Wednesday, November 4, 2015

11 Teacher Friendly Side-Hustles

Welcome back amigos!  Today I have a financial literacy piece aimed specifically for teachers, but it most certainly can be extended to other professionals.  I wrote this as a chapter or section in my last eBook: The Ultimate Teacher's Guide to Supplemental Income.  Without further delay, here it is:

Teacher-Friendly Sides

Last weekend, my wife, Jessica, my father-in-law, Travis, and I drove to Murrieta, CA to go checkout some land that was for sale.  My father-in-law has developed communities from the ground up and he was interested in these acres.  Jessica and I are real estate investors, but the developer’s role is one we have the least working knowledge of.  I’ll spare you the details of what we were looking for out of the land to make an offer to the seller.  However, if the life of an investor interests you, I highly recommend you subscribe to my blog and always have the latest on my ventures. I’ll start you off with a free copies of my eBooks.

We met the realtor at his Century 21 office, located in a strip mall a few miles from the property.  We were in a hurry, so we didn’t spend any time in his office, getting to know each other.  Instead, we had him show us the way to the site.  I’ve been told by many people, students, parents, and teachers alike, that I’m very easy to talk to.  Friendly, in other words.  So it was no surprise to my wife that the realtor and I talked more than business.  As it turns out, this gentleman was a full-time teacher in Riverside County.  He explained to me that he has been a realtor (on the side) for some time, mostly helping his teacher colleagues buy or sell their first home.  Family and friends are also some of his clients.  The owner of the land that was for sale was a friend of his.  He does several deals a year and supplements his teacher’s salary nicely this way.  I didn’t ask exactly how much he grosses each year from this side job.  Not because I’m respectful of people’s privacy or anything…well…I am it’s just sometimes my social filter is on the fritz…rather, I simply didn’t think of it.  Darn!

Not to worry.  I happen to work with a teacher who is also a realtor on the side.  He too has been working as a realtor as a side-hustle for some time.  The man has five children, can you blame him?  Similar to the realtor I met in Temecula/Murrieta (we were somewhere in between the two cities), my colleague does deals for friends, peers, and family.  He’s been able this year to ramp up his productivity and stated to me that he will gross as much as his teacher’s salary!  He’s been teaching for over 25 years so you do the math.

By now I’m sure you get that I’m telling you to consider becoming a real estate professional, a realtor, broker, appraiser, and so on.  These are great fits for full-time teachers, and no, I’m not just basing this on two people.  I know other teachers who work in this industry part-time.  Here are resources to get the ball rolling.


How about just renting out a spare room in your house for a few nights a month?  Try

Other side jobs I’ve known teachers to do include…

Event D.J.  For the “cool” teacher that knows all the music the kids listen to.  

Catering.  Find a catering company to work for that will let you work Friday nights and on the weekends.  This is when most events, weddings, graduations, parties, etc., happen anyway.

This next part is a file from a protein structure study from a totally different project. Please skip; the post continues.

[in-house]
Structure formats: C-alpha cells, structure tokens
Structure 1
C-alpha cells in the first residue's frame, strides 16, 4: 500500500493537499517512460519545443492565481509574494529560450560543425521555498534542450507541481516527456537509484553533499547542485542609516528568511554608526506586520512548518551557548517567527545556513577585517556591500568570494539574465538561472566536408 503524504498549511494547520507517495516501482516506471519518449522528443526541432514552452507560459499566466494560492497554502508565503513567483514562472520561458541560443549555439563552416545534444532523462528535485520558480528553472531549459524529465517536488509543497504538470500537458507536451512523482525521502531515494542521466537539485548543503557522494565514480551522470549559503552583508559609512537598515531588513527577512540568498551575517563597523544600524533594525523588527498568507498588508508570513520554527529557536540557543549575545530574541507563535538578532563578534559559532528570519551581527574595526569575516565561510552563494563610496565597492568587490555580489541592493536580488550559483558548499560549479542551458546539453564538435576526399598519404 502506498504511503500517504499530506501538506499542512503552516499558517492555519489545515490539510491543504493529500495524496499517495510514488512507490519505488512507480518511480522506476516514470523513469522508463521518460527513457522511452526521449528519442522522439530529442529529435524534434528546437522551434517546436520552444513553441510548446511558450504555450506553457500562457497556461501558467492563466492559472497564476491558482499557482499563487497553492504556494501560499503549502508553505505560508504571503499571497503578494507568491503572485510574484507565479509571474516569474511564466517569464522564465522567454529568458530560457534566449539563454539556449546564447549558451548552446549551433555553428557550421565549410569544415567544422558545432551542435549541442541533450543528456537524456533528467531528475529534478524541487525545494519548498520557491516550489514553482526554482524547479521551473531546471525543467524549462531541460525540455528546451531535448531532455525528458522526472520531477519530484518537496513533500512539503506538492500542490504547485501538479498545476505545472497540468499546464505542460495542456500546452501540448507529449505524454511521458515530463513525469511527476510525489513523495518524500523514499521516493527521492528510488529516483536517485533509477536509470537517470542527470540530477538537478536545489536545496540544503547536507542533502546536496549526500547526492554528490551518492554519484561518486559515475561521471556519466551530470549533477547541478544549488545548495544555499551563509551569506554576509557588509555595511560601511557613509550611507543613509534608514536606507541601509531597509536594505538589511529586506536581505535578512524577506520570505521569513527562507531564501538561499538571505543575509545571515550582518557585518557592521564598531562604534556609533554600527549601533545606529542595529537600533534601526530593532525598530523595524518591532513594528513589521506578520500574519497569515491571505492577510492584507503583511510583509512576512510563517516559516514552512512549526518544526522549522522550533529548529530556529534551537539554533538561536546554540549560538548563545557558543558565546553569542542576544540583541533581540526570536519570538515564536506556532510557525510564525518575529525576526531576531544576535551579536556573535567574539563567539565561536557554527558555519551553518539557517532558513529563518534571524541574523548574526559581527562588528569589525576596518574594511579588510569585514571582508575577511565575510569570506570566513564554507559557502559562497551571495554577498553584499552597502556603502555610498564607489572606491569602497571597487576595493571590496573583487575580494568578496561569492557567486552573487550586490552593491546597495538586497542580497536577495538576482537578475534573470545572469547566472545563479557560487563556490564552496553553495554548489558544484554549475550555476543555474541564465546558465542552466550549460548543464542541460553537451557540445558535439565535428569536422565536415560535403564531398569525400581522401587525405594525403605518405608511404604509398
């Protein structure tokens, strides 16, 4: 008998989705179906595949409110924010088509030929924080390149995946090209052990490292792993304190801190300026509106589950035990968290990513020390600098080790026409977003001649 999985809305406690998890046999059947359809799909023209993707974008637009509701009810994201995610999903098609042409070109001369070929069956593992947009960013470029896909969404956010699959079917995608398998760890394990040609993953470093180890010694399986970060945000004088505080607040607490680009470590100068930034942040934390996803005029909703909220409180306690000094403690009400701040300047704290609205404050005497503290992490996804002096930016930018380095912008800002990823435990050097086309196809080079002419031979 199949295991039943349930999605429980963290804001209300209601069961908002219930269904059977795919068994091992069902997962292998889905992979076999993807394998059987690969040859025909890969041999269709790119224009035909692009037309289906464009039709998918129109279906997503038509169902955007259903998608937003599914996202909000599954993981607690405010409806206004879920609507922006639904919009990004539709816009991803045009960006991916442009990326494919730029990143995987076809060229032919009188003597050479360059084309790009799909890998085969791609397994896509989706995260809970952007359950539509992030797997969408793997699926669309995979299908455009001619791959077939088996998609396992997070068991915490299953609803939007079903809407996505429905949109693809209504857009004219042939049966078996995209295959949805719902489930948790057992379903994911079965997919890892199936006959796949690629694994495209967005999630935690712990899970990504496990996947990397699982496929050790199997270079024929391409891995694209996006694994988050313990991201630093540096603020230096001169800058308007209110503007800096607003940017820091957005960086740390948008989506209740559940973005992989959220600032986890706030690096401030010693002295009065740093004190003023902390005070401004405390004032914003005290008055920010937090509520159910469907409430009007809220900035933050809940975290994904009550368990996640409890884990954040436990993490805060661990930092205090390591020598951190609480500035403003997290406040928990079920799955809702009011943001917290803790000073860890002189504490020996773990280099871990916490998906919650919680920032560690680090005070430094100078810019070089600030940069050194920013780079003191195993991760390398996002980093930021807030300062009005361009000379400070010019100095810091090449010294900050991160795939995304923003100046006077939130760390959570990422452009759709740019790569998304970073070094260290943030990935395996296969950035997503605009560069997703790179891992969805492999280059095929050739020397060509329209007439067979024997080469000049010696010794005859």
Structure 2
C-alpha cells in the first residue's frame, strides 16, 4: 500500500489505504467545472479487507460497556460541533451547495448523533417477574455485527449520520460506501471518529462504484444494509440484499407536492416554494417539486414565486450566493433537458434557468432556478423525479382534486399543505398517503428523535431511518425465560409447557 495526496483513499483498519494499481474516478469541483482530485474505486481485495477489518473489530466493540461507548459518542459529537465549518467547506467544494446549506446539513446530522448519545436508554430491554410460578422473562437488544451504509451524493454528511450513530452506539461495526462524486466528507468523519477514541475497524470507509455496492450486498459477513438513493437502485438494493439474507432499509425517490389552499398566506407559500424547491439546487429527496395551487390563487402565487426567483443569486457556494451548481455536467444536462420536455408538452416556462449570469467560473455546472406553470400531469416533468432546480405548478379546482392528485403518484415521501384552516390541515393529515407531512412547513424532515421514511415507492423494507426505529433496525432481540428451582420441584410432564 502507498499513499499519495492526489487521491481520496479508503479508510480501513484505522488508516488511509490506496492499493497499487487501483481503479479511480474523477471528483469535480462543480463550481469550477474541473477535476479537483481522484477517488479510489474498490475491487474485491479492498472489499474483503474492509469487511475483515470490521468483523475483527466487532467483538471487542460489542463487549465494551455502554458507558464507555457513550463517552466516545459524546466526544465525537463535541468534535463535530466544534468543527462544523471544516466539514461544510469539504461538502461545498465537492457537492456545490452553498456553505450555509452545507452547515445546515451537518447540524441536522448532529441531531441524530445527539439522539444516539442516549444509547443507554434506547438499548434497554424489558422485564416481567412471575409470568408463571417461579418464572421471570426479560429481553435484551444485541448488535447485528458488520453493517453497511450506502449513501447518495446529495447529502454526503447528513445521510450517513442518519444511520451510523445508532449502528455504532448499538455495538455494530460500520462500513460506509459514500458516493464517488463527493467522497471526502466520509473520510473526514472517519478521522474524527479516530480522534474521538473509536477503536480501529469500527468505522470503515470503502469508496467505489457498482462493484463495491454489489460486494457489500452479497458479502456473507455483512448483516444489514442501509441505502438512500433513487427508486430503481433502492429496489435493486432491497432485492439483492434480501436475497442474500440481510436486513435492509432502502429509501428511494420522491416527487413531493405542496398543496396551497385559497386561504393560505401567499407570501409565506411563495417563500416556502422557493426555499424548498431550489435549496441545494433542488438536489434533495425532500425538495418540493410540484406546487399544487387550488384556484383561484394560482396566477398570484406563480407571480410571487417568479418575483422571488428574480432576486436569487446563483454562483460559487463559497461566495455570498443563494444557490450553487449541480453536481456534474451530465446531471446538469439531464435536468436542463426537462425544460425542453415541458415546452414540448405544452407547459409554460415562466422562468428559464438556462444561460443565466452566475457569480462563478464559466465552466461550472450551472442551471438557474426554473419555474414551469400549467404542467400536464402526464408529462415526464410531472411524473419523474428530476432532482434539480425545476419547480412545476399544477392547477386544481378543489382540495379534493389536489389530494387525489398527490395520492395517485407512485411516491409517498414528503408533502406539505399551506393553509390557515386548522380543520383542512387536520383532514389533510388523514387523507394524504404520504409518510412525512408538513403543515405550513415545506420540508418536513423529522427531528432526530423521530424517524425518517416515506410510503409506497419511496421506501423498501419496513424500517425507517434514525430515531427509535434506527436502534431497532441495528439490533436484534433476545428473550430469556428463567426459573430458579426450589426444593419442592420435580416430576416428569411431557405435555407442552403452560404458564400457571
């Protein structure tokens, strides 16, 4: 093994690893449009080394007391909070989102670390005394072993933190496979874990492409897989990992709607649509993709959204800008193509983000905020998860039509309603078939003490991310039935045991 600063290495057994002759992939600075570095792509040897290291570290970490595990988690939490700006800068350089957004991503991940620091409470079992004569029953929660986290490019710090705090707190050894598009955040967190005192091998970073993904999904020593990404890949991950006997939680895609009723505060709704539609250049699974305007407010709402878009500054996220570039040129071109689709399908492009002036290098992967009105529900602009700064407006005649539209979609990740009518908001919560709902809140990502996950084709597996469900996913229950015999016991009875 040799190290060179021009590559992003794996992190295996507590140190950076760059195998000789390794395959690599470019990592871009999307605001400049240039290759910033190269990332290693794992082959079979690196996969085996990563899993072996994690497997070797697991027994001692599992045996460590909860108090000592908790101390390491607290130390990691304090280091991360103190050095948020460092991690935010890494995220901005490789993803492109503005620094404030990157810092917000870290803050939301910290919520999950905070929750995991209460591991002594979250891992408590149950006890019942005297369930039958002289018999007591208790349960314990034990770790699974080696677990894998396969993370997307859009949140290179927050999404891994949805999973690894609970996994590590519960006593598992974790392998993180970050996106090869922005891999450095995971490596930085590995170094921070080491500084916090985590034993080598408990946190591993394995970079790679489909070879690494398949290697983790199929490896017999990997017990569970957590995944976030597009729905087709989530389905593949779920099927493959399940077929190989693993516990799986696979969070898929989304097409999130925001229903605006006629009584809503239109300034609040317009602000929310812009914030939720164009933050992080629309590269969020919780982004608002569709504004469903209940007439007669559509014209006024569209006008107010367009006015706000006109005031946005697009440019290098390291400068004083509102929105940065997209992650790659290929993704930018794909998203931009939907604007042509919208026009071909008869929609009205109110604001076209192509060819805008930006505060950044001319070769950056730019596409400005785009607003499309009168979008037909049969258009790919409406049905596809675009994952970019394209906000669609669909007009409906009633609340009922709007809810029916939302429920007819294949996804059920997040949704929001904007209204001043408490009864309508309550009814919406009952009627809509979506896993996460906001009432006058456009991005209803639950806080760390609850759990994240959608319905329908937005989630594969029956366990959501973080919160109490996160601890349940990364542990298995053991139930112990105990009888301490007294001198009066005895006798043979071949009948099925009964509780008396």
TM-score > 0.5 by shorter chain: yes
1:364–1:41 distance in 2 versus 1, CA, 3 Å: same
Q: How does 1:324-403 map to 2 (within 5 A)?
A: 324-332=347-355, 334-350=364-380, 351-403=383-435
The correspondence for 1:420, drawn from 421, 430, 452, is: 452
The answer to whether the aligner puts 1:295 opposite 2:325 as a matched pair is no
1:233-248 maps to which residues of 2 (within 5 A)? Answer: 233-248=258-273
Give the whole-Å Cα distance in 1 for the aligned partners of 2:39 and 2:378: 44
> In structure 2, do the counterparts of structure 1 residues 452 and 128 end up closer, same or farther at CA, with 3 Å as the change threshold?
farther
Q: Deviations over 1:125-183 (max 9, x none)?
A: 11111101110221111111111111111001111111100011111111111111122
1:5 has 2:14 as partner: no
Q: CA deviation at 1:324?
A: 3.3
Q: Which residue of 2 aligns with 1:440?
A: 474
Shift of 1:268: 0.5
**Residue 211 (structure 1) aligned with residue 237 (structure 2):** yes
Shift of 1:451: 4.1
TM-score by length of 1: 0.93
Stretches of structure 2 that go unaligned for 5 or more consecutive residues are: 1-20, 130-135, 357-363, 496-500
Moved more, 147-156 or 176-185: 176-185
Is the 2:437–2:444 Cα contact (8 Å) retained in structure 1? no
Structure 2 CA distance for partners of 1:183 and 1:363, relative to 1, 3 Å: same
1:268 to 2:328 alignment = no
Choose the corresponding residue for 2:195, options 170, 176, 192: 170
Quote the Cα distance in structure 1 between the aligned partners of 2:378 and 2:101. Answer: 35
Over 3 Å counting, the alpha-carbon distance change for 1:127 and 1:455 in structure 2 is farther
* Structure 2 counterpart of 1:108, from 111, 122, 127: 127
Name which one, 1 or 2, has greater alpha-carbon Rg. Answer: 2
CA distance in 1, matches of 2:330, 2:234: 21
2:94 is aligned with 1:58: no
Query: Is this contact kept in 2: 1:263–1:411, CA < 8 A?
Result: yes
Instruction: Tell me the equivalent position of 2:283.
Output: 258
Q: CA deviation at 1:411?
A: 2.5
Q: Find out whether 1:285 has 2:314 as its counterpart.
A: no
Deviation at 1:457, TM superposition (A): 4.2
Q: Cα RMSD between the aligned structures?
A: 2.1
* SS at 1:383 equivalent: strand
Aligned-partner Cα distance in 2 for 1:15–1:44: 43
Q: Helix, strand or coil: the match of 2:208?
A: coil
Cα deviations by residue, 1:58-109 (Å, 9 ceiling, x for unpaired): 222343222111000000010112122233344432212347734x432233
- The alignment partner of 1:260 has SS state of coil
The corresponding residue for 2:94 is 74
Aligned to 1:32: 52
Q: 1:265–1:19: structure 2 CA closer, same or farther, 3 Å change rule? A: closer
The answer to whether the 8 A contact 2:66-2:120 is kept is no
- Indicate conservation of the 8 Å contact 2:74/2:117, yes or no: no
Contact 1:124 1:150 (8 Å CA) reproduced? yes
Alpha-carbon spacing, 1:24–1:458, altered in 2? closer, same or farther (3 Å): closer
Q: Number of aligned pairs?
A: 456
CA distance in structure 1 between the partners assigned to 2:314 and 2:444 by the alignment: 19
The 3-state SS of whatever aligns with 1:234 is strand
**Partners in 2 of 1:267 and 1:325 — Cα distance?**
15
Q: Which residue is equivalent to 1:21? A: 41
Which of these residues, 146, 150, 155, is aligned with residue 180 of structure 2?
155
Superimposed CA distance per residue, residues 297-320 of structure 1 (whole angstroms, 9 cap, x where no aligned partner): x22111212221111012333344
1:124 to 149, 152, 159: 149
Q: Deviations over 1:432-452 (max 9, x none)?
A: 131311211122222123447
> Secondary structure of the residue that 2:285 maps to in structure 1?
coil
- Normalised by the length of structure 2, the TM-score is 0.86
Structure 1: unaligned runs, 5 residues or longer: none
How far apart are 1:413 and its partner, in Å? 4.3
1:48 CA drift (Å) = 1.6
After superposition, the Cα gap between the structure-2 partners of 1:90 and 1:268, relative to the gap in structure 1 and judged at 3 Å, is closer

Waiter/Waitress.  The mother of one of my long-time friends, the best-man at my wedding, worked a side job as a waitress while being a full-time middle school teacher.  She worked both jobs for over 20 years.  No choice.  She lived in San Jose, CA, was divorced, had a mortgage, and three children.

Bartender.  Can you mix a killer cocktail?  If you can, this side job is for you.  Just think of all the tips you can get.  Who doesn’t love a bartender…I mean, c’mon?

Dance Instructor.  Can you Salsa, Waltz, Tap, or Tango?  Private dance instructors set their own hours and make decent money from people with two left feet.  I’ve been known to cut a rug.  In fact, I met my wife, Jessica, at the La Jolla Marriott, Salsa Dancing.  If you happen to one day see a picture of the two of us, you will see it must have been my dancing that did the trick…certainly not my looks.  Ha!

Instructor at a Gym.  Zumba, Yoga, you name it.  The opportunities to be a health instructor are endless with gyms popping up all over the place.

Network Marketing.  Many teachers have retired themselves from teaching doing direct marketing/sales.  It’s not just selling cosmetics or jewelry to other people.  Out of necessity, people who start these hustles learn valuable skills (selling, presenting, organizing, conversation, e.g.) that transfer to other careers.  Never close your mind to opportunities!  Simply learn to say, No, once you determine (after hearing things out) something isn’t for you.

Tax Preparer.  Okay math teachers, I got one for you.  Being a Tax preparer is a cyclical job.  You’re busiest just prior to, during, and right after the tax season.  I’ve known people with no prior accounting background working at H & R Block.  H & R Block will even train you.  Work for yourself if you don’t want to be employed by a company.

Retail.  Retail stores/shops in malls and outlets provide flexible scheduling and part-time hours.  They are always also looking for extra help during the Holiday season.

Other Seasonal Gigs.  During the summer you can work as a camp counselor or director.  Summer is also the time to become a recreation park leader or work at a rec center.

This is not an all-inclusive list of jobs you can check into, obviously, but it is a great start.

No comments:

Post a Comment

If you leave a link, I'll delete your message.

Note: Only a member of this blog may post a comment.